With all immodesty, I'm a perfectly integrated foreigner in Germany.
I speak German without a thick American accent, I voluntarily opted for state health insurance and, unlike many Germans, I even willingly pay my TV licence fees.
I have a German wife and a half-German child. There's just one thing I won't have for the foreseeable future: a German passport.
That's not because I don't want one – just the opposite. After almost 14 years in this country, I'd gladly become a German citizen. I would have eagerly voted in the Berlin state election last month. But I don't care to sacrifice my American passport for the privilege. Fifty years after the first Turks came to Germany, there are millions of people here in a similar situation.
And why should we be forced to abandon our cultural ties? The United States, Canada, Britain, France, Sweden and countless other countries have no problem with dual citizenship. But Germany, so modern in so many ways, sadly still clings to horribly antiquated concepts of nationality.
Some German politicians – often conservative and Bavarian – believe that I and more than two million Turks simply aren't worthy of German citizenship because we refuse to surrender our other passports.
If I were French, I wouldn't have this dilemma. I could vote and participate in this country's political life – despite retaining my old citizenship. Hoping to foster Franco-German friendship, the otherwise so stingy Germans allowed their pals west of the Rhine to have dual citizenship back in 2003. This was a nice gesture however, it also happened to be rather hypocritical one.
Shortly thereafter, Germany was compelled in 2007 to give this right to all EU citizens, and not just the French, since defending such a blatant double standard would have been impossible in the European courts.
But three generations Turkish immigrants – and a few well-integrated Americans – are still discriminated against. I'm aware our countries of origin aren't part of the European Union, but that doesn't justify German inconsistency.
I know a Mexican living in Munich who recently became a proud German because Mexico simply refuses to strip people of their citizenship as Germany requires of naturalized immigrants. Once a Mexican, always a Mexican. Yet conservative Bavarian politicians appear to be handling this affront in their midst just fine.
The state premier of Bavaria, Horst Seehofer, and many other German politicians claim you can't be a loyal German citizen while holding onto a second passport. But speaking as someone with experience in both Europe and America, that's nationalistic nonsense.
Perhaps Seehofer should ask himself if his conservative colleague David McAllister is qualified to be the premier of Lower Saxony. The Christian Democrat just happens to be half Scottish with both British and German passports. Does anyone seriously question his loyalty to Germany?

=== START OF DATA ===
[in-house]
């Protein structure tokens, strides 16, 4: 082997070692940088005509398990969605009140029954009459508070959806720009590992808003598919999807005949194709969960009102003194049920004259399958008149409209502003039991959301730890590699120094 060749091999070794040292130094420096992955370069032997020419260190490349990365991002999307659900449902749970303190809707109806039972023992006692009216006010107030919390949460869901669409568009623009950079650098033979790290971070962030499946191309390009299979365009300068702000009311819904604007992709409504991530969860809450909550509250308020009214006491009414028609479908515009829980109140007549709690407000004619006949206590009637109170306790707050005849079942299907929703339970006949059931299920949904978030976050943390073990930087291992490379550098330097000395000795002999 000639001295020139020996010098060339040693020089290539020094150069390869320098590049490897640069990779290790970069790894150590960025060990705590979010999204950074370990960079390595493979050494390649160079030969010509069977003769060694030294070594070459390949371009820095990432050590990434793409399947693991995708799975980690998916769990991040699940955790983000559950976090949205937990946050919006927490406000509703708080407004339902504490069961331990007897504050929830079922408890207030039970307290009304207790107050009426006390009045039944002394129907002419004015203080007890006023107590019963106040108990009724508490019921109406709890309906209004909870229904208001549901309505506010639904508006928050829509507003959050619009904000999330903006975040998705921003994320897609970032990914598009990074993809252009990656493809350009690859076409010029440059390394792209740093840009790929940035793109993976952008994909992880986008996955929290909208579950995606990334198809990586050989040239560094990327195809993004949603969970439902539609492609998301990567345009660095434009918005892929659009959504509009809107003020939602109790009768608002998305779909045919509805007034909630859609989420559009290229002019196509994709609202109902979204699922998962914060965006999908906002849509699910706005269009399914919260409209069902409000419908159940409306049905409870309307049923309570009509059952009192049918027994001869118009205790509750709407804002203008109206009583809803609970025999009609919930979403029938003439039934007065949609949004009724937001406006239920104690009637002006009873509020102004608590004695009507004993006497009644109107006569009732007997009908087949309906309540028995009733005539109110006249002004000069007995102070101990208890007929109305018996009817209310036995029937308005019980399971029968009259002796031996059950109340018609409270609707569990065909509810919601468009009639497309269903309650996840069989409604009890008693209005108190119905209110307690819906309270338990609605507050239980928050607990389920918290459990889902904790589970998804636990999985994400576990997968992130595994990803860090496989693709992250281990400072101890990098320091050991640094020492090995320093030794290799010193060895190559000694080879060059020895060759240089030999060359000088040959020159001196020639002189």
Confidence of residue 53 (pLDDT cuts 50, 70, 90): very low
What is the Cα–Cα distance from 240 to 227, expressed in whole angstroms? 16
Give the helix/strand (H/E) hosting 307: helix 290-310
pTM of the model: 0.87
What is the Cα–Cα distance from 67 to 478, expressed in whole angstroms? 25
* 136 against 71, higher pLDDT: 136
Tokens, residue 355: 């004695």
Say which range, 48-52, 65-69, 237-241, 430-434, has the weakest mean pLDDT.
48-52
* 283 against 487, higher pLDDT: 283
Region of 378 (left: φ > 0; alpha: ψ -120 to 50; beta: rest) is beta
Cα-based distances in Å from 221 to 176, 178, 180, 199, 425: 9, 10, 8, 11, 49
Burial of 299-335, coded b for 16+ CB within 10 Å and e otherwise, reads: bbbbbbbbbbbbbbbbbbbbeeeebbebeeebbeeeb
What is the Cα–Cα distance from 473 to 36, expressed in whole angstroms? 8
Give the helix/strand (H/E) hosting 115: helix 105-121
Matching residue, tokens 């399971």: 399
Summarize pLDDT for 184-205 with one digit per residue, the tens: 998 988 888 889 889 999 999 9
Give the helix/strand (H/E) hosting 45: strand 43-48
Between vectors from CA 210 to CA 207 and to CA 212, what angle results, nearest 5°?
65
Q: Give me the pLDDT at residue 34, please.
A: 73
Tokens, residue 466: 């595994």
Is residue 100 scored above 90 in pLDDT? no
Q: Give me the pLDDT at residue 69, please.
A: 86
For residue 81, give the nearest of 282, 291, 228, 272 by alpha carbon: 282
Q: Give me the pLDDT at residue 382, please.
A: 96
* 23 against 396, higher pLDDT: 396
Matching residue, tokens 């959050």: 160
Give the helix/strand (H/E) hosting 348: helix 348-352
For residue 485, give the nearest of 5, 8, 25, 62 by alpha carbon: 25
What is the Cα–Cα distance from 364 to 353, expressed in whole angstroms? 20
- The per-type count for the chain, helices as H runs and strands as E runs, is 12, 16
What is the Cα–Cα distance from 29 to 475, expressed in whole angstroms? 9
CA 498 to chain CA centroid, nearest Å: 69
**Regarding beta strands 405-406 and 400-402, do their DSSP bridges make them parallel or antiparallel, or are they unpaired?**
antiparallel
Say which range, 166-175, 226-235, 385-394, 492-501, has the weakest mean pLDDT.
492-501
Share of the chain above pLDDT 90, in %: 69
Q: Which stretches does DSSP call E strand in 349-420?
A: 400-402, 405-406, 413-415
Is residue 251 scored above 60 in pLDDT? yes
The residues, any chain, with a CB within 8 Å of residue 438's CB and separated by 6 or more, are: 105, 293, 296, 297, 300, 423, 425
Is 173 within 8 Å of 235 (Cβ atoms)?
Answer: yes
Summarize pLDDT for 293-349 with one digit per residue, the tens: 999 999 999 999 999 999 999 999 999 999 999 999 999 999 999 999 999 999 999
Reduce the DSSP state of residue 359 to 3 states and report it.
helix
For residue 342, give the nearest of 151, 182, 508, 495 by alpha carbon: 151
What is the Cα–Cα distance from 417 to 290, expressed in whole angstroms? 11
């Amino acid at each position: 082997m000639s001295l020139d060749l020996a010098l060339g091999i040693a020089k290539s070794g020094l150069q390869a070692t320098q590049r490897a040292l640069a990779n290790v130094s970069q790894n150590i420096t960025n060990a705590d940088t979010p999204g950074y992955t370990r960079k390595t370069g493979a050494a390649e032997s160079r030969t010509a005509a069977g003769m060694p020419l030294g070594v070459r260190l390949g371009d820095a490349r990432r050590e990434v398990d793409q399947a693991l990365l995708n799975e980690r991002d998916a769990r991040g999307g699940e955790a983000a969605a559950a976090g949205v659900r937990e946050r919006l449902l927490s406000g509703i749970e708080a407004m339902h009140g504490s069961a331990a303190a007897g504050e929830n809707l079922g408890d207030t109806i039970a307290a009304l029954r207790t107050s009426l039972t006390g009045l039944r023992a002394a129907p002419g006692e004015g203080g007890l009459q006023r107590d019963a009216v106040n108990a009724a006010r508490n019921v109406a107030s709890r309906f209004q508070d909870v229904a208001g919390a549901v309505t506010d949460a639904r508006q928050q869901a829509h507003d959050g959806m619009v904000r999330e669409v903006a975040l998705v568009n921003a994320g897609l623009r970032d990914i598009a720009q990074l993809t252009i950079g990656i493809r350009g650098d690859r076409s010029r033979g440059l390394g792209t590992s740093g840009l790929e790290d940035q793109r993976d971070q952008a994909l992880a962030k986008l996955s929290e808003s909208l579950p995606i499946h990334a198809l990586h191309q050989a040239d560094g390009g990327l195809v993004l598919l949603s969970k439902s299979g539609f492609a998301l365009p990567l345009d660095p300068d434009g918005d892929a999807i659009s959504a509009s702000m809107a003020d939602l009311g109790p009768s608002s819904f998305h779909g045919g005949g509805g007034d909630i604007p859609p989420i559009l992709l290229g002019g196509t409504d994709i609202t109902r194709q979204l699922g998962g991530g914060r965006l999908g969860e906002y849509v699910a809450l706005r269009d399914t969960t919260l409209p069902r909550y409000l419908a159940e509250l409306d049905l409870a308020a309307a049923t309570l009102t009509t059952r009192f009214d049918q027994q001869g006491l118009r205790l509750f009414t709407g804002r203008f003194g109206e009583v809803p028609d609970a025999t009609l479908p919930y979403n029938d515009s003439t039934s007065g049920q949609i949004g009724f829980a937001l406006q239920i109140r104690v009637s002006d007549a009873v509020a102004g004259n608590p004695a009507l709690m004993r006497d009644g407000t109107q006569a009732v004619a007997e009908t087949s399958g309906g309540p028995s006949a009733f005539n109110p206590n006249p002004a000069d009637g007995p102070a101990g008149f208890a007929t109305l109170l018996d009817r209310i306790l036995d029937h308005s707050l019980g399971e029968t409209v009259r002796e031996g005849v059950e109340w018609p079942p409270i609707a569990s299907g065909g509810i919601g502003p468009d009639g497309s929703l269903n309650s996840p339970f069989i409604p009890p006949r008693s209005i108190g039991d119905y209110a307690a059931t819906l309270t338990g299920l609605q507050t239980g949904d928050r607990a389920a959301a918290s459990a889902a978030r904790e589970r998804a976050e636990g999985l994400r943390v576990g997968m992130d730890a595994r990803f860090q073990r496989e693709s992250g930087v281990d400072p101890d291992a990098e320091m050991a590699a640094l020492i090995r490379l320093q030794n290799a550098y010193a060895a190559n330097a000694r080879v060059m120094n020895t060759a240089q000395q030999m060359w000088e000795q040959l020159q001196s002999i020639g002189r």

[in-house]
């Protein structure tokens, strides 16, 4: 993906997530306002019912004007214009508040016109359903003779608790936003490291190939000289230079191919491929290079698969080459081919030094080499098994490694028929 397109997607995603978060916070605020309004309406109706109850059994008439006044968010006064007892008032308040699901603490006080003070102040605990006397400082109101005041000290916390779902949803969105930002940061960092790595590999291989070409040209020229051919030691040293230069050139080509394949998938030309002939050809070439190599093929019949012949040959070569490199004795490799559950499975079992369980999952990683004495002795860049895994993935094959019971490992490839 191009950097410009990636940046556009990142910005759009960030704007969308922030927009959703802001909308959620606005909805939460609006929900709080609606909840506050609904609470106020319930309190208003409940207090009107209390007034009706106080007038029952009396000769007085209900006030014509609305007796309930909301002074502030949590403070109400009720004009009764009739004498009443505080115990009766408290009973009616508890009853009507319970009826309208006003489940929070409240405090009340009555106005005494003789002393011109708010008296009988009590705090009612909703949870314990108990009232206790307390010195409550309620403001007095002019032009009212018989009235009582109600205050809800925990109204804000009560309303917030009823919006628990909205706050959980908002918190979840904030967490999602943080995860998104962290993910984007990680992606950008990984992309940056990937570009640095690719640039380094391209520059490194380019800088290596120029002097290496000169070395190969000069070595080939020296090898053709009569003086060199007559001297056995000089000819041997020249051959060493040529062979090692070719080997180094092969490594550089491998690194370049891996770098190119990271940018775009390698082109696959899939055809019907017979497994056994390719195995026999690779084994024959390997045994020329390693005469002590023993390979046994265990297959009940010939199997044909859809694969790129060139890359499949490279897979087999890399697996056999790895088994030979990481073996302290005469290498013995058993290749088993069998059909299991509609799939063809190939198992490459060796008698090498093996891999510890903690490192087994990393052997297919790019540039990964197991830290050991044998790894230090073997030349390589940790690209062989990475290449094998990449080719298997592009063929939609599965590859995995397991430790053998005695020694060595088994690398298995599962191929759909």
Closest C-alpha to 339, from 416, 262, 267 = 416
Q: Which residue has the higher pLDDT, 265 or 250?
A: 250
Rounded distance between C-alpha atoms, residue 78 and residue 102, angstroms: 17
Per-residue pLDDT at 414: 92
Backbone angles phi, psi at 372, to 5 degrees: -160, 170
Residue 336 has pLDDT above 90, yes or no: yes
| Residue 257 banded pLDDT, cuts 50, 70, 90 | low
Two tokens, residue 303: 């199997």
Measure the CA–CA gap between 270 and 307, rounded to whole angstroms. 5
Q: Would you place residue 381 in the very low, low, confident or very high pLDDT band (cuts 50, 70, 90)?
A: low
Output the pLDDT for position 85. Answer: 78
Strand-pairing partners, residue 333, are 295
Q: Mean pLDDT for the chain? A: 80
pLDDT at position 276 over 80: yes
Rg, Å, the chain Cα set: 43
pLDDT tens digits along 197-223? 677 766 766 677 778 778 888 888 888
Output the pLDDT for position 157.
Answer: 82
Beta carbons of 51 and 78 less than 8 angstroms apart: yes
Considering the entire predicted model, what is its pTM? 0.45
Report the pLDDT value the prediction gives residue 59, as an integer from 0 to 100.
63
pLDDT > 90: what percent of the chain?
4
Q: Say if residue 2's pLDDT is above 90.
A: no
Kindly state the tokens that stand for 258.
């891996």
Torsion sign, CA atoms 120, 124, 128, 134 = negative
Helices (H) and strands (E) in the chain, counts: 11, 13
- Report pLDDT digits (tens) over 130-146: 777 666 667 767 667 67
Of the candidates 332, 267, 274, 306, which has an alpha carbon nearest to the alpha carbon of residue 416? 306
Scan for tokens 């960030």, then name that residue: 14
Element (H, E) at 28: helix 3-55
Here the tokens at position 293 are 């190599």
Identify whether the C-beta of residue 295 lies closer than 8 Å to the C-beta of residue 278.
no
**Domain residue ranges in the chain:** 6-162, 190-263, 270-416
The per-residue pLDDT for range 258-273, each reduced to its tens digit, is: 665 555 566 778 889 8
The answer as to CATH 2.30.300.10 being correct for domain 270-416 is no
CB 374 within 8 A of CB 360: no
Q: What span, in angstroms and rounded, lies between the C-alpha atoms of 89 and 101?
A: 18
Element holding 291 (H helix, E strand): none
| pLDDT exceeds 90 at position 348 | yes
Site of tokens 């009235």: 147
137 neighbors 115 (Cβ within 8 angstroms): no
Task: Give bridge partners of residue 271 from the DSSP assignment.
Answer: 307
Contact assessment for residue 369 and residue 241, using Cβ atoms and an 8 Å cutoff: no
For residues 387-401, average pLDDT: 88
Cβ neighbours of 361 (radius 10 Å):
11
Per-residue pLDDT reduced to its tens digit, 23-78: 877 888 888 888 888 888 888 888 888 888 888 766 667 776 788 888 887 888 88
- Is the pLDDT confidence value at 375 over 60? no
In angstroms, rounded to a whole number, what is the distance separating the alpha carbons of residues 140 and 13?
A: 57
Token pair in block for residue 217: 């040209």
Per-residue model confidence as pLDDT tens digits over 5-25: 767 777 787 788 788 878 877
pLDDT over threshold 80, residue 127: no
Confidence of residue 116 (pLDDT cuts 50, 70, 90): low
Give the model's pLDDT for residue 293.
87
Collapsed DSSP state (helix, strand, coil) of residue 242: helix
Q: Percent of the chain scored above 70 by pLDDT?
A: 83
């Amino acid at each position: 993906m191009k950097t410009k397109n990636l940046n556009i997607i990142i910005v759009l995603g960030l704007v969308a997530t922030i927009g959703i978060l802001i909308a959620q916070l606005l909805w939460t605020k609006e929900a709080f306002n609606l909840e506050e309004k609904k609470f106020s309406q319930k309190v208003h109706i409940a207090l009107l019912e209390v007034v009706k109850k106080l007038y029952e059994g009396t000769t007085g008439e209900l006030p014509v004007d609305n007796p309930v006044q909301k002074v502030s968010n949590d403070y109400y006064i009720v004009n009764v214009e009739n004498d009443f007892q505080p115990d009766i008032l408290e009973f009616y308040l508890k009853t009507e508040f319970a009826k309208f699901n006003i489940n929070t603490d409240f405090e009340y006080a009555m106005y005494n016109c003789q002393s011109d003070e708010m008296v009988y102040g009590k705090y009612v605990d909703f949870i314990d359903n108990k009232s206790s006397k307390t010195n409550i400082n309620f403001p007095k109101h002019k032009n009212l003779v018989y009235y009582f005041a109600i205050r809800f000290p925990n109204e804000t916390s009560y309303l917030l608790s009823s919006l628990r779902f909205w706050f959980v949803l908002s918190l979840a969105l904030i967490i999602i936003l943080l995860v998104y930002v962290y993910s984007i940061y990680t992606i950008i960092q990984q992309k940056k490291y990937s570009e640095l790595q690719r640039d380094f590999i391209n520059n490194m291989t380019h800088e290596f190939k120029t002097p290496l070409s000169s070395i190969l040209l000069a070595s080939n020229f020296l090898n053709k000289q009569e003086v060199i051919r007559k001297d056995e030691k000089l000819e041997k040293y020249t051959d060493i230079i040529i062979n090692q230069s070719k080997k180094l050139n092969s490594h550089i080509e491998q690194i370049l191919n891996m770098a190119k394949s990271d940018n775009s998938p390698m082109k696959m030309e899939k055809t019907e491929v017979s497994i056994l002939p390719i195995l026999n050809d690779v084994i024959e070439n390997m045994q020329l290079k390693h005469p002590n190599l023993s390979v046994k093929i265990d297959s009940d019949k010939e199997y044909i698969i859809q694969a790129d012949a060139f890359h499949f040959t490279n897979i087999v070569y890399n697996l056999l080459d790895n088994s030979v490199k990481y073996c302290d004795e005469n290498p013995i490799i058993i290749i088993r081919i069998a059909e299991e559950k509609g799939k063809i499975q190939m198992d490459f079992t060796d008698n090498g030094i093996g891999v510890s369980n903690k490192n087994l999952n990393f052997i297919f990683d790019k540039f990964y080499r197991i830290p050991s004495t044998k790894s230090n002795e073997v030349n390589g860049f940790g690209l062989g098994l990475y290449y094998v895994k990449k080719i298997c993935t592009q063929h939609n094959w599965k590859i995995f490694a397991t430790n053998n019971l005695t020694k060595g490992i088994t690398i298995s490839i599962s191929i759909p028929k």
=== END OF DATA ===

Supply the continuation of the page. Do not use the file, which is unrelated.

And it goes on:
Apparently what goes for David the top politician doesn't apply to Mehmet selling fruit and veg on the corner. Because just like the nasty stereotype that Turks in Germany are only up to being greengrocers, Germany's immigration policy allows for the clear discrimination against “unwanted” foreigners. This double standard on dual citizenship is an institutionalized form of the prejudice displayed during the acrid integration debate sparked by ex-central banker Thilo Sarrazin last year.
Making matters worse, the so-called Optionspflicht forces many young German citizens to choose between two nationalities simply because their parents are foreigners. It's almost as if they have to reject their family heritage if they wish to remain German after the age of 23. The centre-left Social Democrats and Greens are supporting an initiative in the upper house of parliament to end this damaging practice, but Chancellor Angela Merkel's conservatives are staunchly determined to torpedo their efforts.
This is extremely detrimental to integration efforts, since it ensures foreignness is passed from generation to generation. It's also ironic because it's often the conservatives warning loudest against the threat of Turkish “parallel societies” in Germany. Allowing dual citizenship, on the other hand, would help ensure most families became thoroughly “German” by the third generation.
This isn't rocket science – other immigration countries have shown Germany the way. The United States, for example, requires people to prove they spent at least five years there for them to be able to pass on their US citizenship to their offspring born abroad. Such measures are completely acceptable. This isn't about handing out passports – it's about someone's commitment to their new homeland.
Fortunately, my child will never have to choose between Germany and America because my wife is German. But until Germany catches up with the rest of the world, I'll remain a US citizen – and a German taxpayer.